When Seth Gabbard recited the names of US presidents from memory as a kindergartner, he never anticipated the simple exercise would eventually help him become a combat helicopter pilot.

But after 13 years of service in the US Army, he can still see how homeschooling prepared him for a challenging and fulfilling military career.

Along with his two siblings, Seth was homeschooled for most of his education. In 10th grade his mother, Jenny, began to direct an academy at the church where his father, Danny, served as pastor. He switched to that school, and Jenny continued to direct his learning.

“His mom was responsible for 95 percent of his education, and all the credit goes to her,” said Danny.

Groundwork for Learning

Seth’s mother employed an educational model inspired by Charlotte Mason, who believed that teaching students virtue, self-discipline, and a desire for service lays the foundation for further instruction in academics and vocational training.

“She really adhered to the principle that if you teach a child how to make a life, a living will come,” Seth’s father said, referring to his mom.

His family’s focus on patriotism and civic duty prompted Seth to consider a military career at an early age. He also had the example of several forebears to inspire him.

Seth’s grandfather, a decorated World War II veteran, landed with Allied troops on the beaches of Normandy, France, in June 1944. Another relative was killed during the Japanese surprise attack on Pearl Harbor in December 1941.

Seth enlisted in the Army in 2010, a few months after graduating from high school.

“I had my mind made up that this is what I wanted to do,” he said. “It helped that the recruiting office was really open to homeschoolers,” he added.

Professional Development

Seth started out by learning to pilot aerial drones—unmanned aircraft used for a wide range of missions, including surveillance, search and rescue, communications, and attacking hostile targets. Though Seth flew his craft by remote control, he said the experience led him to believe he had the skills to pursue a much more challenging role in Army aviation.

After five years of service, Seth applied for and was accepted into helicopter flight school. But first, he had to complete training to become a warrant officer—which inserted him into a different echelon of leadership and career development.

Seth and his mom Jenny with a helicopter

Seth Gabbard shows off a Sikorsky UH-60 Black Hawk helicopter to his mother, Jenny.

“It’s a pretty awesome position,” Seth explained. “You do take care of soldiers on a day-to-day basis, but we’re really more tactical and technical experts than administrators or managers.”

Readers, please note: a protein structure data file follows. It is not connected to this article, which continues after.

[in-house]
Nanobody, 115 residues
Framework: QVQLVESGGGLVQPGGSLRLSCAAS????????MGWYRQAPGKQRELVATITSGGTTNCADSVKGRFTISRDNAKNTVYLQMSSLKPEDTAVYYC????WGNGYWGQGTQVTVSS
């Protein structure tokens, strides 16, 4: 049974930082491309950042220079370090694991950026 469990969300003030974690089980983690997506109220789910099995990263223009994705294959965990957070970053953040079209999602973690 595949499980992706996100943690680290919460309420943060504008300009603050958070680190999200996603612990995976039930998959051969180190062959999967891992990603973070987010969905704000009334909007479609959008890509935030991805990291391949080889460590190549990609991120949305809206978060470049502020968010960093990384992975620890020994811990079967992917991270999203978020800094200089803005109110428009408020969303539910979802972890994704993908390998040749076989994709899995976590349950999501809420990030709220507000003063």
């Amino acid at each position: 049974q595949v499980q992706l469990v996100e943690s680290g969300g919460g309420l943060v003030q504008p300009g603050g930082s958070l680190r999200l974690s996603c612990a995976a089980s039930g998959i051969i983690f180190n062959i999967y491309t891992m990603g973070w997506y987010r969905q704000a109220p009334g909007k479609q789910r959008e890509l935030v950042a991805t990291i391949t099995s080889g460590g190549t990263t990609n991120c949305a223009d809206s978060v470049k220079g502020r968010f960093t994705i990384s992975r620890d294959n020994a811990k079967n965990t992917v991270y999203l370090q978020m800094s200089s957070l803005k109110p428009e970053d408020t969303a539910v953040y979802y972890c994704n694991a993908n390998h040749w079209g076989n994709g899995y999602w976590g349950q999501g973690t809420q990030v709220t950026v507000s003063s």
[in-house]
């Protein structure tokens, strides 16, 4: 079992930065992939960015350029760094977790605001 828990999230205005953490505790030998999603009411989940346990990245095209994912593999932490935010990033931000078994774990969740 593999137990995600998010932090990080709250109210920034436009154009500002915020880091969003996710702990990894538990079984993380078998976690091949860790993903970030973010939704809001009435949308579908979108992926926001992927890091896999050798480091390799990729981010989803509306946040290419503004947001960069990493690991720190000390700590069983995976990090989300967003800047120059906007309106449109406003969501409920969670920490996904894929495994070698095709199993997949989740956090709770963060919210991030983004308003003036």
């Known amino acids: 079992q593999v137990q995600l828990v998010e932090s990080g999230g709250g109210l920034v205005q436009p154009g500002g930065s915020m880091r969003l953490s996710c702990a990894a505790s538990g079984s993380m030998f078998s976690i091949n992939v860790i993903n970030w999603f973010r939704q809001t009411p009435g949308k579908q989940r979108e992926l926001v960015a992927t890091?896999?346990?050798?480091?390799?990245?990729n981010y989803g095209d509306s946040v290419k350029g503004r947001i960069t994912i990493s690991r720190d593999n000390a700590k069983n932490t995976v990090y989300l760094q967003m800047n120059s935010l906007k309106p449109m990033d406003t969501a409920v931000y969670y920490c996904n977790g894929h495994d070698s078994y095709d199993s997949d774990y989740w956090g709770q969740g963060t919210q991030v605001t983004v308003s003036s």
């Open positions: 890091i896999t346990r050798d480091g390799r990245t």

When Seth arrived at Fort Rucker, Alabama, to begin pilot training, his experience vacillated between the thrill of flying and the challenge of processing massive amounts of information.

He enjoyed climbing into a helicopter and taking the controls for the first time, despite being aware that the aircraft’s distinctive markings made him stand out as a novice. “It’s painted bright white and orange to let everyone know you’re a student pilot,” Seth noted.

Matter of the Mind

Learning the additional material associated with piloting helicopters required hours of study every night. Seth had to brush up on math to master navigation and other tasks involving advanced calculations. He and his fellow students were also expected to recite specific information on demand—especially guidance for dealing with emergencies.

Seth’s instructors were veteran pilots who’d been flying for decades. “Those guys can recite the technical manual from front to back,” he said.

But he found his homeschooling background gave him an advantage in this aspect of his training.

“Our kids did daily recitation,” his father recalled. They memorized poems, Scripture, and excerpts from the Constitution. “It was a constant for their entire homeschool career,” he said.

Danny pins aviator wings on Seth

Danny Gabbard pins aviator’s wings onto Seth as he graduates from US Army helicopter flight school.

Seth’s ability to commit things to memory not only helped him in flight school, but has also benefited his career. He still draws on this skill at his current duty post, where he helps train younger pilots.

“I’ve been told people are amazed at what I can remember,” Seth said, quickly adding that he feels he hasn’t attained the prodigious ability demonstrated by the old salts at flight school. Drawing an analogy from the Star Wars sagas, he said, “I’m probably at the level of a new Jedi.”

Fulfilling Career

Since qualifying as a pilot, Seth has mostly flown Black Hawk helicopters, which are used extensively to transport troops into combat. He’s served on several overseas missions. On one of his longest flights, he traveled from France to Estonia in support of NATO allies in Europe.

In 2018, while piloting a medical evacuation helicopter in Afghanistan, his aircraft was fired upon by Taliban fighters. In the unlikely event that he had been shot down, Seth said he knew he could rely on the support of attack aircraft and rescue crews who were standing by.

He hopes to continue flying for the Army for a long time.

“I feel fully committed to serving 20 years or more,” Seth said. “I can’t see myself getting out before then. I love what I do. I love the camaraderie.”

However long his career lasts, Seth said he’ll always trace its foundations to what he was taught at home decades ago.

“I attribute a lot of my success to my mom,” he said. “She was there for me all the way to graduation.”